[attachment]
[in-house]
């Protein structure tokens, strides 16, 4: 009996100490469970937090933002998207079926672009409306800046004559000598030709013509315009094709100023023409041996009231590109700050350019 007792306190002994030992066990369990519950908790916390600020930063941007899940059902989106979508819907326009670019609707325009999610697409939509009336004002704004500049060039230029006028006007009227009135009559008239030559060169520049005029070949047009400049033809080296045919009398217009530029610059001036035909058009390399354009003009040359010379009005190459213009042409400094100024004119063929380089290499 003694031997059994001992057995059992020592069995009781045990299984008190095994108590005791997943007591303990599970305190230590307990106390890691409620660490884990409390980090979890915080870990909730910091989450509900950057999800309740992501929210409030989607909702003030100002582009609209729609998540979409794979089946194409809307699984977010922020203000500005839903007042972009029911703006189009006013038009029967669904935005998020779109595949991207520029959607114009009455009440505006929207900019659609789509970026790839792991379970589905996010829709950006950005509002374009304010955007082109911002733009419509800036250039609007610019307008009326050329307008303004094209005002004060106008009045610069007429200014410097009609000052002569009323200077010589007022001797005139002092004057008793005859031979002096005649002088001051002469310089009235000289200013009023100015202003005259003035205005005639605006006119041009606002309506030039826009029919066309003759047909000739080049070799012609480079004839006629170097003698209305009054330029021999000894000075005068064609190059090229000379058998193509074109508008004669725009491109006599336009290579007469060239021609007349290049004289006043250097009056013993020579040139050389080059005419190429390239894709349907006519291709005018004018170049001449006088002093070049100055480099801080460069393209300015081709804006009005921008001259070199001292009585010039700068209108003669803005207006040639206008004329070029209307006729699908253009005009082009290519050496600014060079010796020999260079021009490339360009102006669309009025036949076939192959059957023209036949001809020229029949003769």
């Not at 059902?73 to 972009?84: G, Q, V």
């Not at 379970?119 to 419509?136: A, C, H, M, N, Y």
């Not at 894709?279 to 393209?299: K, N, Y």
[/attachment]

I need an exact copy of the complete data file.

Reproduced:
[in-house]
């Protein structure tokens, strides 16, 4: 009996100490469970937090933002998207079926672009409306800046004559000598030709013509315009094709100023023409041996009231590109700050350019 007792306190002994030992066990369990519950908790916390600020930063941007899940059902989106979508819907326009670019609707325009999610697409939509009336004002704004500049060039230029006028006007009227009135009559008239030559060169520049005029070949047009400049033809080296045919009398217009530029610059001036035909058009390399354009003009040359010379009005190459213009042409400094100024004119063929380089290499 003694031997059994001992057995059992020592069995009781045990299984008190095994108590005791997943007591303990599970305190230590307990106390890691409620660490884990409390980090979890915080870990909730910091989450509900950057999800309740992501929210409030989607909702003030100002582009609209729609998540979409794979089946194409809307699984977010922020203000500005839903007042972009029911703006189009006013038009029967669904935005998020779109595949991207520029959607114009009455009440505006929207900019659609789509970026790839792991379970589905996010829709950006950005509002374009304010955007082109911002733009419509800036250039609007610019307008009326050329307008303004094209005002004060106008009045610069007429200014410097009609000052002569009323200077010589007022001797005139002092004057008793005859031979002096005649002088001051002469310089009235000289200013009023100015202003005259003035205005005639605006006119041009606002309506030039826009029919066309003759047909000739080049070799012609480079004839006629170097003698209305009054330029021999000894000075005068064609190059090229000379058998193509074109508008004669725009491109006599336009290579007469060239021609007349290049004289006043250097009056013993020579040139050389080059005419190429390239894709349907006519291709005018004018170049001449006088002093070049100055480099801080460069393209300015081709804006009005921008001259070199001292009585010039700068209108003669803005207006040639206008004329070029209307006729699908253009005009082009290519050496600014060079010796020999260079021009490339360009102006669309009025036949076939192959059957023209036949001809020229029949003769």
């Not at 059902?73 to 972009?84: G, Q, V």
């Not at 379970?119 to 419509?136: A, C, H, M, N, Y």
């Not at 894709?279 to 393209?299: K, N, Y």